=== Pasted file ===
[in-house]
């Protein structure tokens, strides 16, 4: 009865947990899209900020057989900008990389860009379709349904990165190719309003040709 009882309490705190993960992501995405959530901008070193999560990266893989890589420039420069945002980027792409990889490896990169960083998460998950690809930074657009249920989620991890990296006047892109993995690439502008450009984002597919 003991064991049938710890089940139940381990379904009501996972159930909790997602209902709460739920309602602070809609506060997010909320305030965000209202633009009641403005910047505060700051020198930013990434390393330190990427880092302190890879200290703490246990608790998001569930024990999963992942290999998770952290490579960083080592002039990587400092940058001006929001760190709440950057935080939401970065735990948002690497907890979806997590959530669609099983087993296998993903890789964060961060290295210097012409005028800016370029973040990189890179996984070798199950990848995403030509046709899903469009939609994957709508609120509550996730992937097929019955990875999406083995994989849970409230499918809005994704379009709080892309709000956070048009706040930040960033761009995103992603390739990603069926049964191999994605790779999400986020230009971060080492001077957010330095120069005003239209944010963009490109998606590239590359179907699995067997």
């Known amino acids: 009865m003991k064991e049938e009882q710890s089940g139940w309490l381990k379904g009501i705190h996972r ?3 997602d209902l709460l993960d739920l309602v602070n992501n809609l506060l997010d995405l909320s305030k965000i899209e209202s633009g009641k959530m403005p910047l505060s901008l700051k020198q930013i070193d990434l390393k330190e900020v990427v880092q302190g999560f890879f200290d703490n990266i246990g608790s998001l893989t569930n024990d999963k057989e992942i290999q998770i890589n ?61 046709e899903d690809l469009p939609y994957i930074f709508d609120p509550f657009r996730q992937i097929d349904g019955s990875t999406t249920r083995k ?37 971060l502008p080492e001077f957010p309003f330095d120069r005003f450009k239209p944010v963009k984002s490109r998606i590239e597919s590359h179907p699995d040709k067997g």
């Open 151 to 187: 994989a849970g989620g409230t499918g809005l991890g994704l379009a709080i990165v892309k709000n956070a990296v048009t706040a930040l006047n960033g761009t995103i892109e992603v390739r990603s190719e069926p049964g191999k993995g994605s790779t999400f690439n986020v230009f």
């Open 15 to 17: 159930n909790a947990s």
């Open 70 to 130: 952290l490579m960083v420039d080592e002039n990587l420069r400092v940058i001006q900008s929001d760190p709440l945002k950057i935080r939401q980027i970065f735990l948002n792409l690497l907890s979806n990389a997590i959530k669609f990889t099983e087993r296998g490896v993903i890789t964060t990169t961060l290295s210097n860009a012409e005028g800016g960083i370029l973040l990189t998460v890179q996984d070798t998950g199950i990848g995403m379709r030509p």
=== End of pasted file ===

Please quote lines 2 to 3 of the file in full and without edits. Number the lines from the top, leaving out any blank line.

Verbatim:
């Protein structure tokens, strides 16, 4: 009865947990899209900020057989900008990389860009379709349904990165190719309003040709 009882309490705190993960992501995405959530901008070193999560990266893989890589420039420069945002980027792409990889490896990169960083998460998950690809930074657009249920989620991890990296006047892109993995690439502008450009984002597919 003991064991049938710890089940139940381990379904009501996972159930909790997602209902709460739920309602602070809609506060997010909320305030965000209202633009009641403005910047505060700051020198930013990434390393330190990427880092302190890879200290703490246990608790998001569930024990999963992942290999998770952290490579960083080592002039990587400092940058001006929001760190709440950057935080939401970065735990948002690497907890979806997590959530669609099983087993296998993903890789964060961060290295210097012409005028800016370029973040990189890179996984070798199950990848995403030509046709899903469009939609994957709508609120509550996730992937097929019955990875999406083995994989849970409230499918809005994704379009709080892309709000956070048009706040930040960033761009995103992603390739990603069926049964191999994605790779999400986020230009971060080492001077957010330095120069005003239209944010963009490109998606590239590359179907699995067997």
């Known amino acids: 009865m003991k064991e049938e009882q710890s089940g139940w309490l381990k379904g009501i705190h996972r ?3 997602d209902l709460l993960d739920l309602v602070n992501n809609l506060l997010d995405l909320s305030k965000i899209e209202s633009g009641k959530m403005p910047l505060s901008l700051k020198q930013i070193d990434l390393k330190e900020v990427v880092q302190g999560f890879f200290d703490n990266i246990g608790s998001l893989t569930n024990d999963k057989e992942i290999q998770i890589n ?61 046709e899903d690809l469009p939609y994957i930074f709508d609120p509550f657009r996730q992937i097929d349904g019955s990875t999406t249920r083995k ?37 971060l502008p080492e001077f957010p309003f330095d120069r005003f450009k239209p944010v963009k984002s490109r998606i590239e597919s590359h179907p699995d040709k067997g």